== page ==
4. Em said,

    2 January 2009 at 13:58

    Oh, these failures are just ridiculous! Did they not even consult a single person with a disability??? Do they really want a vision-impaired person to stand close to the door to read the Braille that tells them NOT to stand close to the door?!?! So many people still just don’t get it.

  5. 2 January 2009 at 7:57

    The lift buttons would annoy me every single morning and must be manufactured by the same folk who made the parking meters at our local shopping centre!
    I’m not so keen on the stepped/ramped building in London as I think it might be quite hard, they way the steps are angled and ‘taper out,’ to see the edges of them, where the step begins and ends, I’m pretty sure my mum wouldn’t like them anyway !

  6. Fledchen said,

    2 January 2009 at 1:38

    Every time I go to a certain branch of my bank, I inform the teller that the braille signage on their ATM is incorrect. There’s a braille sticker on the left side of the ATM that explains which buttons are which (as the buttons themselves are not brailled). The sign says, “Actual keypad on your left” when in fact the keypad is to the right of the sticker. The braille stickers are clearly an afterthought, and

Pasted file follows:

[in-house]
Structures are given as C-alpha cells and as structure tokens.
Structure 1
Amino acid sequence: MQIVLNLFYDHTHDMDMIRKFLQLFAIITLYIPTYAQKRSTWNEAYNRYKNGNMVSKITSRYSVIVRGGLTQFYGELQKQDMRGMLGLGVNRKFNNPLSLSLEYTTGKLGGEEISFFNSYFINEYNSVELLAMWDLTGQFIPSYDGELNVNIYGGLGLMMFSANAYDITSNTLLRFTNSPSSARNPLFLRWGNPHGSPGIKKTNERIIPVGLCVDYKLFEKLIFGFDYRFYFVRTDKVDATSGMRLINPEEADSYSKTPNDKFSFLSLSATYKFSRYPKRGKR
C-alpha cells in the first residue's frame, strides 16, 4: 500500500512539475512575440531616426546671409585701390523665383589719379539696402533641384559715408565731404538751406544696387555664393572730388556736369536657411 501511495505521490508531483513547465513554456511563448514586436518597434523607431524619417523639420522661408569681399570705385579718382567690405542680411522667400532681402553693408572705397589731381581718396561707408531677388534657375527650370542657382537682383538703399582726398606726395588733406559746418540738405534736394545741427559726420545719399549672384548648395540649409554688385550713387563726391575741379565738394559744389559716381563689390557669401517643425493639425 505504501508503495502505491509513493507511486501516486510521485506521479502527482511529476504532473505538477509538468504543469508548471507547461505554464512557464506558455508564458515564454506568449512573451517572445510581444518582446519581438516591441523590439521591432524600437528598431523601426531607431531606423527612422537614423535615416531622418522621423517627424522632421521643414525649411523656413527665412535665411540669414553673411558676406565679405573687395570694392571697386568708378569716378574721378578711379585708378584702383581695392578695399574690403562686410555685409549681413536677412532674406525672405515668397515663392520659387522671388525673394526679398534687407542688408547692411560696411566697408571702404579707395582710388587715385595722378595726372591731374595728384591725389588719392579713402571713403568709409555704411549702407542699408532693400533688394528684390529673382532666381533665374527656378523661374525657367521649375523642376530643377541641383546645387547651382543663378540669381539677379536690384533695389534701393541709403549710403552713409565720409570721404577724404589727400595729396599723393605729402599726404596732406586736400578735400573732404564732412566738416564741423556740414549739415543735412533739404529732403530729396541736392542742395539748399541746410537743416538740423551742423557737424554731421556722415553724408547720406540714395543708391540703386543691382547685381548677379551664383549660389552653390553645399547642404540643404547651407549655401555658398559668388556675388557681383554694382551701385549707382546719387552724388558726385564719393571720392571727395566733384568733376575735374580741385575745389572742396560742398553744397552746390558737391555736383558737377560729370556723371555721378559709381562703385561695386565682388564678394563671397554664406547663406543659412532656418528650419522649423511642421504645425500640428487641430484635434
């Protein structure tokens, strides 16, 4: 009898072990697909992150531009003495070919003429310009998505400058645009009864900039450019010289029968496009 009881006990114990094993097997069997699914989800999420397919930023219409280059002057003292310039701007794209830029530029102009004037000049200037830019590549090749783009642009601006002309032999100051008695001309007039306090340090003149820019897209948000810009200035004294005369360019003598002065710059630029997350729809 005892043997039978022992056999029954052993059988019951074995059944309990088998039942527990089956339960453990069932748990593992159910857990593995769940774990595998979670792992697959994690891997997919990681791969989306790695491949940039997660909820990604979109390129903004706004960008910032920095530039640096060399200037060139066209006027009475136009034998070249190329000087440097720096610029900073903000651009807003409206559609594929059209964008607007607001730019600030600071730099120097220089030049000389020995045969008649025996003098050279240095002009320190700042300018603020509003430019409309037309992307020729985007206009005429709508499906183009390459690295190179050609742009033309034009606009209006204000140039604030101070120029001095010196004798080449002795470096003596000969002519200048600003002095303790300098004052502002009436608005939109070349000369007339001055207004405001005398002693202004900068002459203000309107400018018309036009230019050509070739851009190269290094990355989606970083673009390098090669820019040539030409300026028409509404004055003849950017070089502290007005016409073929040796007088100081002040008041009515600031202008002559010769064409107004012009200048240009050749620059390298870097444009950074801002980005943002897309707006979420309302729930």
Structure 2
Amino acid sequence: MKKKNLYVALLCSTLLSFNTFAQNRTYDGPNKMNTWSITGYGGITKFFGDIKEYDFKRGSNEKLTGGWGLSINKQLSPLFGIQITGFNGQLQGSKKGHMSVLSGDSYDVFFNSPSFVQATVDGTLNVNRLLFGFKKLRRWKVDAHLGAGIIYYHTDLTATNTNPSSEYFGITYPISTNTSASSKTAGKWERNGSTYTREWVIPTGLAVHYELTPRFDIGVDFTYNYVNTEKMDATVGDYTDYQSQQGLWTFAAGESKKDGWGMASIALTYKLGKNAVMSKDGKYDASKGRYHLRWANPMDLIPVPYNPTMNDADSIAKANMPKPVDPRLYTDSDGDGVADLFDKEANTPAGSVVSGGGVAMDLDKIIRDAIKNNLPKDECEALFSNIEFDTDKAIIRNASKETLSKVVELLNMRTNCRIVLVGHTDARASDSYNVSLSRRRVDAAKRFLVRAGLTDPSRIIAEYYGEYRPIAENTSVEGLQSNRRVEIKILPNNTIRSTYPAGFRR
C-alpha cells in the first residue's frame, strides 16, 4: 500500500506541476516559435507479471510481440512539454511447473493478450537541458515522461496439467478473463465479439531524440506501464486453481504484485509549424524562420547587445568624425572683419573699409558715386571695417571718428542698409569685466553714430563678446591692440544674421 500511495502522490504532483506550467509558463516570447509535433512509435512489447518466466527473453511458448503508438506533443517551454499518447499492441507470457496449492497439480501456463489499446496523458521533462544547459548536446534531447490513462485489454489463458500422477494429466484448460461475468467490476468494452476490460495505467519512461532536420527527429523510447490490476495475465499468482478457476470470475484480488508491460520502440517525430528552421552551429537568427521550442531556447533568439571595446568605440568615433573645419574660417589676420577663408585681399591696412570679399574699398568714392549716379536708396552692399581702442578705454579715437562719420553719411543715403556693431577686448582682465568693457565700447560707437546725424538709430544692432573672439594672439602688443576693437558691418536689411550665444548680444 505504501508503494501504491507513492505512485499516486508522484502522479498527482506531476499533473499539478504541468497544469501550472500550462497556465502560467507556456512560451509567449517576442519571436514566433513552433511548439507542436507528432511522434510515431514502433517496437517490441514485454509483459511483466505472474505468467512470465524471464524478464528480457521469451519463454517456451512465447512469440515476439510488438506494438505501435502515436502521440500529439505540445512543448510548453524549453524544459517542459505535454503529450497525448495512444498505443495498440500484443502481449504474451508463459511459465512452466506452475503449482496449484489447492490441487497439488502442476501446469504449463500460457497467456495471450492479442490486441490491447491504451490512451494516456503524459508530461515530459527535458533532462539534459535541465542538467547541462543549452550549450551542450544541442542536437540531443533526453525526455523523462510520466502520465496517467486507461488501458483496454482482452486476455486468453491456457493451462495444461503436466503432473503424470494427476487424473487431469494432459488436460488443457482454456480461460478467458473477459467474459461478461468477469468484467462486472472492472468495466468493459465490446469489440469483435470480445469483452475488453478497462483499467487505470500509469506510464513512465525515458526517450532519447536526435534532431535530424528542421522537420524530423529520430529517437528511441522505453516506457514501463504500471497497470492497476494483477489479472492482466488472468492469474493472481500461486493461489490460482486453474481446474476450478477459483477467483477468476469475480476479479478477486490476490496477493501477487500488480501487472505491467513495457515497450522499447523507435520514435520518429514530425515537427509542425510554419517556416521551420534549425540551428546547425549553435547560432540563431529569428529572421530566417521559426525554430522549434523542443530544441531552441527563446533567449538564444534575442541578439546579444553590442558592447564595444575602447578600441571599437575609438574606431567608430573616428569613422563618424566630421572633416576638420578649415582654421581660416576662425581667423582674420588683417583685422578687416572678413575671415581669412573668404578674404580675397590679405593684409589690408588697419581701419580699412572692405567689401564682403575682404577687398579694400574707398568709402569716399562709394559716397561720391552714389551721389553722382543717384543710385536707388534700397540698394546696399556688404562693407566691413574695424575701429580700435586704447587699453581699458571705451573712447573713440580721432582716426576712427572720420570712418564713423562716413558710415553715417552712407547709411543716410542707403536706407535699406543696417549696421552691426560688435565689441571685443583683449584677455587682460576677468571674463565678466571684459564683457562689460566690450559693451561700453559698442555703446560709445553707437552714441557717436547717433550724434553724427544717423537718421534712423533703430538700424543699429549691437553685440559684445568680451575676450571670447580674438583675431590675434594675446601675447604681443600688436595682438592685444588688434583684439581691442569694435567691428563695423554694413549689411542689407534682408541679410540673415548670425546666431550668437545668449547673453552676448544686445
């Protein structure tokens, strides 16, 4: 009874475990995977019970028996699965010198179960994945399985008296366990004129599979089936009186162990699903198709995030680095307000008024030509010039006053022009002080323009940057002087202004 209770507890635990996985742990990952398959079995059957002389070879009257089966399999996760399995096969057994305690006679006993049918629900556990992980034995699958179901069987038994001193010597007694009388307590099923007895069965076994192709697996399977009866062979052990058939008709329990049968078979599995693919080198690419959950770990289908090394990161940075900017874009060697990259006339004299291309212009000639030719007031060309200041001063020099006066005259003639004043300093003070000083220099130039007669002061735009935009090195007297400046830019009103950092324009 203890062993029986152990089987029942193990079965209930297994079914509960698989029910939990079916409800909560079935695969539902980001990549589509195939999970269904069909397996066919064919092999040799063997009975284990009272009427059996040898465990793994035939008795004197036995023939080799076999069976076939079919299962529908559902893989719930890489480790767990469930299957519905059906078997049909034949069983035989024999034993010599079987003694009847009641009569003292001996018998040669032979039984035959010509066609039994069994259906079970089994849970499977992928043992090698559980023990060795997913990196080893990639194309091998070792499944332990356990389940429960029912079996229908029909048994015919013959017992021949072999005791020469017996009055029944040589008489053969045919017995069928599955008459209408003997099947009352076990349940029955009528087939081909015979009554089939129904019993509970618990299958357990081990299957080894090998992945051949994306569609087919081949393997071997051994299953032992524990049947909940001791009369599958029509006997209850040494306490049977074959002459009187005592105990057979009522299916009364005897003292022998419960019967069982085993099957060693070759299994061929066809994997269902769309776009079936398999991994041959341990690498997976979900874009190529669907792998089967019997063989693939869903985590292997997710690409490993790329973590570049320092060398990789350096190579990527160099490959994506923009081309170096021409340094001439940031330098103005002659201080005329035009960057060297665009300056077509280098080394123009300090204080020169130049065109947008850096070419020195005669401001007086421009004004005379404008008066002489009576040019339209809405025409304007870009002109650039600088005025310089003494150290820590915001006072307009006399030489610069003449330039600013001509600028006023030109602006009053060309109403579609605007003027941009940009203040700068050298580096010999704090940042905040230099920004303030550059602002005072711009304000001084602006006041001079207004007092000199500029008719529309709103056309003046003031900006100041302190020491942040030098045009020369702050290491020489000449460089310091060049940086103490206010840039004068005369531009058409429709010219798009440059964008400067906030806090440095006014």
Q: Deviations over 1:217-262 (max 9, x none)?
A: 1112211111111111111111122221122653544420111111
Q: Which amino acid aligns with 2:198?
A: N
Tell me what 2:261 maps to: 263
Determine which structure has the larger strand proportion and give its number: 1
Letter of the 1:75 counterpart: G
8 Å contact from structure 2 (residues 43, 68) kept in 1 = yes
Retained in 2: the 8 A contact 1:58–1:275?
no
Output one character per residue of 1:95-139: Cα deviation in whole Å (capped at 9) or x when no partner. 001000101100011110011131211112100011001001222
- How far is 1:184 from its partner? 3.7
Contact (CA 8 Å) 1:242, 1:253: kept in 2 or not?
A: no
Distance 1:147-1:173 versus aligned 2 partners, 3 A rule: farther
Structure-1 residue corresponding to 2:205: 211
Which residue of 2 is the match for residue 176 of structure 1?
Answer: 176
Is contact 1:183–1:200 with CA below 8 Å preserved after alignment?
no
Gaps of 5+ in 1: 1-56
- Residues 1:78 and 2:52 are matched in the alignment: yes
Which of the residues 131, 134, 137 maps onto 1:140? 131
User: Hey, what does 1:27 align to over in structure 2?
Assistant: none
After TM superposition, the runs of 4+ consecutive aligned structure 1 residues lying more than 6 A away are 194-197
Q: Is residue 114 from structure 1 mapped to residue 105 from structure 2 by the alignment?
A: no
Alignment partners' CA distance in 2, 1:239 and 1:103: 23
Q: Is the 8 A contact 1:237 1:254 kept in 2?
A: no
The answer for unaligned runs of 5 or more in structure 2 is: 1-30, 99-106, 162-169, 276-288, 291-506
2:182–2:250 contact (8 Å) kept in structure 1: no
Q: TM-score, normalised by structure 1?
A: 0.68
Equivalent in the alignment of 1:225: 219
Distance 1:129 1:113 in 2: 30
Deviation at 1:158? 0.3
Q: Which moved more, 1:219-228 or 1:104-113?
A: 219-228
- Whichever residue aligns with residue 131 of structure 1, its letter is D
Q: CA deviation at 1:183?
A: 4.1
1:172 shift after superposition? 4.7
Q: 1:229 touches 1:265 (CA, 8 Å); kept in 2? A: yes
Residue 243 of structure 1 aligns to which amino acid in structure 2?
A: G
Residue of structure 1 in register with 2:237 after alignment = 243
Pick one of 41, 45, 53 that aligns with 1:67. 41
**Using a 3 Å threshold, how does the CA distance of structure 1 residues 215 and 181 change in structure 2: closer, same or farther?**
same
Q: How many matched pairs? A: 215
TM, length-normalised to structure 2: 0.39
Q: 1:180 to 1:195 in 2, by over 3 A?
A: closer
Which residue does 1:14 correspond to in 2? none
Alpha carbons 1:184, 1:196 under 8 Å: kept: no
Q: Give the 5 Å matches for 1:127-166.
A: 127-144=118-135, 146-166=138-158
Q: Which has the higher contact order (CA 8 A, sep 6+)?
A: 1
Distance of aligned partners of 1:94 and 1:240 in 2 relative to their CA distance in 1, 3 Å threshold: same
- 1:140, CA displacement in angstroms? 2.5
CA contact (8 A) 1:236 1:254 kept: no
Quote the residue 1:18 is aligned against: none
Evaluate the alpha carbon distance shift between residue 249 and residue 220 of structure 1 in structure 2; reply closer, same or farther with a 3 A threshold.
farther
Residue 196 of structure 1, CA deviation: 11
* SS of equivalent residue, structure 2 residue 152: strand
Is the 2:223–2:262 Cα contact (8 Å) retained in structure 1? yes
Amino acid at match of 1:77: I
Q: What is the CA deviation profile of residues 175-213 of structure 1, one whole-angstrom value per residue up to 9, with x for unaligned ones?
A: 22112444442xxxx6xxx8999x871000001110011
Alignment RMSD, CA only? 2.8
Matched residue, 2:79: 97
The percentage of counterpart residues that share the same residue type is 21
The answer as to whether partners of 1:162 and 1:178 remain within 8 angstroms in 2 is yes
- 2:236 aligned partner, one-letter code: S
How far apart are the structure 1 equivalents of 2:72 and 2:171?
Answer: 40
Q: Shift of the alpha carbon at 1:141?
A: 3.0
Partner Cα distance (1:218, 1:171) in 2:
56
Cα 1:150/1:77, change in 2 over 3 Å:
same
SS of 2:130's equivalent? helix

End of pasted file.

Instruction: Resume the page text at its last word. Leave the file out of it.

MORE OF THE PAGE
were either not installed according to the directions, or were installed with inadequate directions. And, of course, were not installed by someone who can read braille! They also removed their walk-up ATM, so I have to use the drive-up ATM on foot.

  7. yanub said,

    2 January 2009 at 0:52

    Oh, they have those elevators where I work, too, and in several other places. I have the same reaction to them, and have watched people in them for the first time, of all ages and abilities make the exact same assumption about how to push the buttons. Clearly, this design is fail.